SHARE
Baron Vaughn does his stand-up act and teaches up-and-coming comics at Amphibian Stage Productions’ workshop. Photo Courtesy Of Amphibian Stage Productions.

“My favorite television and film actors all came out of the theater,” explained Baron Vaughn, an L.A.-based stand-up comic, classically trained actor, and amateur philosopher probably best known for his portrayal of Bud on the Netflix original series Grace and Frankie alongside living legends Jane Fonda, Martin Sheen, and Lily Tomlin. “If you’re really good at acting, it doesn’t look like you’re acting. I wanted to have all those tools so I could make it look like I’m not doing anything.”

Ahead of his final stand-up workshop at Amphibian Stage Productions last Saturday, I had a chance to chat with the hilarious and meticulous entertainer about everything from his writing process to the philosophy of what “it” really is that he’s trying to not look like he’s doing: extracting the perceptions of one individual — the artist — and implanting those perspectives into the minds of others — the audience.

Sometimes that maneuver requires a pivot in form. Baron told me about an old joke idea he’s been kicking around that he only recently realized is much more of an essay. He didn’t go into the subject matter but explained that the response to this joke was usually more of a pondering “hmm” than an out-loud laugh. Occasionally, an intriguing idea will surface as a stand-up bit and then turn out to be something else entirely, and though comedy is Vaughn’s bedrock, his true nature is broader.

300x250

“The difference between stand-up comedy, theater, and television is sort of like the difference between owning a restaurant, cooking the food, and eating it,” he said. “It’s all about food, but it’s different things entirely. Comedy requires a lot of laughter in a lot of different places in different rhythms. … I’ve been learning that not everything is a stand-up joke. Some things are different forms.”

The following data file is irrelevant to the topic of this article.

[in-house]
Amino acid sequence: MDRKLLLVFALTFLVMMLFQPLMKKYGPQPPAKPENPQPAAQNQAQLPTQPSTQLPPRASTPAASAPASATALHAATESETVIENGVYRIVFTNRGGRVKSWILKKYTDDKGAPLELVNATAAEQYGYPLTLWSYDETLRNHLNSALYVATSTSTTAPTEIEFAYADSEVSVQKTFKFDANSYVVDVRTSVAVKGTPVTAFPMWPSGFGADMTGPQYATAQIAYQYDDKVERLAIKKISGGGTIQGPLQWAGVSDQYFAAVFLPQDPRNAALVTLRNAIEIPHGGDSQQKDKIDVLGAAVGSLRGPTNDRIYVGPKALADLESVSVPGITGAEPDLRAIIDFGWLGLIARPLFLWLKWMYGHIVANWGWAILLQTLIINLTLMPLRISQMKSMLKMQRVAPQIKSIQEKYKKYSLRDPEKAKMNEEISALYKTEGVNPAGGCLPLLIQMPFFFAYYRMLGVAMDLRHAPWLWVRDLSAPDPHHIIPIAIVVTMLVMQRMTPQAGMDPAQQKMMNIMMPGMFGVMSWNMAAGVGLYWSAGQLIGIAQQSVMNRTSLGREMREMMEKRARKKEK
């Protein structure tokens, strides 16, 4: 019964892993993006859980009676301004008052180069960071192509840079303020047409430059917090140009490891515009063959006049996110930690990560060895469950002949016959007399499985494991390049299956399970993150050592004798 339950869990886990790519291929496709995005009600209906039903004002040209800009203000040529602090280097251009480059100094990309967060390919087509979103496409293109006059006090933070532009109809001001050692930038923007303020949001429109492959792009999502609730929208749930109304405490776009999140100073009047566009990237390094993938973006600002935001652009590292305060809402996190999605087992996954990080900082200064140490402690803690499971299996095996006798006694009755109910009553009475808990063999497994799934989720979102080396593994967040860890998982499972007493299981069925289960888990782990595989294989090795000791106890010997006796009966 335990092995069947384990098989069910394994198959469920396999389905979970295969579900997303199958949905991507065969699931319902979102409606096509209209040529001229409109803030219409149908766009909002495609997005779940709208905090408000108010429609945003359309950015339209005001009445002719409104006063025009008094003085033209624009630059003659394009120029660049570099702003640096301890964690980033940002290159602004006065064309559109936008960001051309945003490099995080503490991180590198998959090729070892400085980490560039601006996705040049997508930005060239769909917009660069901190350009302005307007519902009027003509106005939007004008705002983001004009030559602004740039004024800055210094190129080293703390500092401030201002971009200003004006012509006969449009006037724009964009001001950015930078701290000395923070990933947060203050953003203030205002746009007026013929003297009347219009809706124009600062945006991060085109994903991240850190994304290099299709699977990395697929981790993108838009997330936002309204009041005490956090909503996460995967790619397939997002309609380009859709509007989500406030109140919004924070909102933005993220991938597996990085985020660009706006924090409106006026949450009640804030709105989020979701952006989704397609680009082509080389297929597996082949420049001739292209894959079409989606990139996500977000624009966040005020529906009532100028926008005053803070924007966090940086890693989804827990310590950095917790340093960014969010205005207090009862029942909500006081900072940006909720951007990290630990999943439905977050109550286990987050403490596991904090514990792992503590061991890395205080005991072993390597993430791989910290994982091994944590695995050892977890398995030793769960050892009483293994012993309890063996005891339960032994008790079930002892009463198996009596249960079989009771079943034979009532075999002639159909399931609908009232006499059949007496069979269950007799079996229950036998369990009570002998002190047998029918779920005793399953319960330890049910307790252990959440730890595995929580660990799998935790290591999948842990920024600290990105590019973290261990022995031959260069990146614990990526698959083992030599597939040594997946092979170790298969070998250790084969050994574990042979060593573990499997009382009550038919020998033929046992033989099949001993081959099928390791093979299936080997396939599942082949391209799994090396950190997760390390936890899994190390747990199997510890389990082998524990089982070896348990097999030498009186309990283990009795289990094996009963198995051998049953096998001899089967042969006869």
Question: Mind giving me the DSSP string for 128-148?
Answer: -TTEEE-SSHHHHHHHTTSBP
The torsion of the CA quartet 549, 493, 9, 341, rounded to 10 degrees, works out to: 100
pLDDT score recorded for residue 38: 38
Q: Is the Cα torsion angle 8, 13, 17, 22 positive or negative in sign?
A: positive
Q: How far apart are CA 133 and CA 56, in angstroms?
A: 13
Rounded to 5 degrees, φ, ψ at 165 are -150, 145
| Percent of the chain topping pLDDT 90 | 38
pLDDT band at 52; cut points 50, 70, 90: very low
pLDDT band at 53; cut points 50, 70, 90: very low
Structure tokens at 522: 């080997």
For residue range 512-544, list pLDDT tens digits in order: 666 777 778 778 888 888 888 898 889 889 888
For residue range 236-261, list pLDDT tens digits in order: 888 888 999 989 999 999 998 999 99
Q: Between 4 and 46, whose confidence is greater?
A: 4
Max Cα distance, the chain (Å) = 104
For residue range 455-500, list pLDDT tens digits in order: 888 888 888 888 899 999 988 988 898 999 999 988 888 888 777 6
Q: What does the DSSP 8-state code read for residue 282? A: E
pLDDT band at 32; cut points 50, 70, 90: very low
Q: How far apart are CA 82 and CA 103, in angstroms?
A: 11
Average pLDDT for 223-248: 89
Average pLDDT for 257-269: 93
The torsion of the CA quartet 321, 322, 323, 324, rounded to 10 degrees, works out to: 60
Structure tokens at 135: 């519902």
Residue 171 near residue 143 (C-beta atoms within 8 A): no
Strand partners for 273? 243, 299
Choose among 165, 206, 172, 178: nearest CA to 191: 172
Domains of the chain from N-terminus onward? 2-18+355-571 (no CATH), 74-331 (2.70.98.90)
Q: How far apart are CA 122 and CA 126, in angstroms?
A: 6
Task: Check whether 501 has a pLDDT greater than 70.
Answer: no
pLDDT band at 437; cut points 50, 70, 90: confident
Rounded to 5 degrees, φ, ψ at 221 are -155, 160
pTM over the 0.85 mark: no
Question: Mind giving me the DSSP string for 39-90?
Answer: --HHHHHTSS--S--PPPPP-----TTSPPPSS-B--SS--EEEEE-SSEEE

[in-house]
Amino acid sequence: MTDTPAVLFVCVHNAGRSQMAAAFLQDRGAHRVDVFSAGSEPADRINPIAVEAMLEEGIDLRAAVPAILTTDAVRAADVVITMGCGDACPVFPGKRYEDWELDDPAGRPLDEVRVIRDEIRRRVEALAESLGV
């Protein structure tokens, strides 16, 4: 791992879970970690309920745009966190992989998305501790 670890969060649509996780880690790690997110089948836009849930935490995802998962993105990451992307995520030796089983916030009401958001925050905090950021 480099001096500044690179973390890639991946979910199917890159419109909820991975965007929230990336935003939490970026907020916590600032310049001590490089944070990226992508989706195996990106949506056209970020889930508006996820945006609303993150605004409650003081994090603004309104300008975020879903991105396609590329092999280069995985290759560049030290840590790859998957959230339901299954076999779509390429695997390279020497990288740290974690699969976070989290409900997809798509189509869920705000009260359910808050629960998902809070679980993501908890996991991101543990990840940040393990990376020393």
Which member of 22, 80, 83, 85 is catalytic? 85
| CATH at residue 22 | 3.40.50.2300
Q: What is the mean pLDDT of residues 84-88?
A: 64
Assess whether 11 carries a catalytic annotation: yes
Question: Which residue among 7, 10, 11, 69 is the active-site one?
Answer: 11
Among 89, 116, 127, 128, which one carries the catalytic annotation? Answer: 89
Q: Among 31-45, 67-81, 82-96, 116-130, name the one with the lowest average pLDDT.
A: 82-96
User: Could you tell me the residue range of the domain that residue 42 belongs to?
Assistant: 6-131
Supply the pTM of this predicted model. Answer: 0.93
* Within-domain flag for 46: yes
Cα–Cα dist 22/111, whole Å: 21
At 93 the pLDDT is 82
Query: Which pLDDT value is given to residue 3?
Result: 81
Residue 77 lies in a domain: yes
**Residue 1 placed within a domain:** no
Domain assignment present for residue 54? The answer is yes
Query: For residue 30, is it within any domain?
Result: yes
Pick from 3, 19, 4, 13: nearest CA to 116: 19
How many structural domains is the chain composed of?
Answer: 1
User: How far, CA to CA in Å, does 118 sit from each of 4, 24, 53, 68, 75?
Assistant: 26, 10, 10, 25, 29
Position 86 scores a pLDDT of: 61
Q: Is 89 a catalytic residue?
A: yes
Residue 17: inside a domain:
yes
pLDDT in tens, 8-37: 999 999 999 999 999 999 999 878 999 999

Still, when Baron took the stage last Saturday night, it was clear that this visit was just for laughs – the 35-year-old had a full house roaring throughout his entire hour. Afterward, he even seemed to work out a joke he’s admittedly been struggling to finish for years during a rather unconventional Q&A, where he opened up the floor for audience members to ask him about everything from what he will name his unborn child to how he knows when a bit is finished. His jokes felt alive and fully formed, though he admits that this residency is more of a workshop for writing and testing new material in front of a live audience than it is a comedy gig. In fact, this is his second year performing this workshop series at Amphibian, an opportunity afforded him thanks to his connection with college classmate, Dallasite, and fellow stage actor Brandon Murphy.

Exploring themes like politics, science, being raised fatherless, and even space aliens, Vaughn has spent his life in pursuit of mastering the ability to spot the thread of humor that can tie seemingly unrelated topics together. Citing influences like Richard Pryor and David Bowie, Vaughn concedes that many of his favorite entertainers have this elusive ability to create their own atmosphere and world. These creative masters offer a lens that can reveal something far more consonant and appealing than the profound boredom we too often feel.

With a baby on the way, Vaughn can’t confirm whether he’ll be back again this time next year to participate in the series, but he has helped establish Amphibian’s connection with the stand-up world by introducing to the Phibs illustrious comics like Emily Heller, who workshopped material in front of Panther City audiences two weeks prior. The arrival of these comedy stars in Fort Worth is a cause for cathartic celebration. No matter what’s going on out there, it still feels good to laugh.

LEAVE A REPLY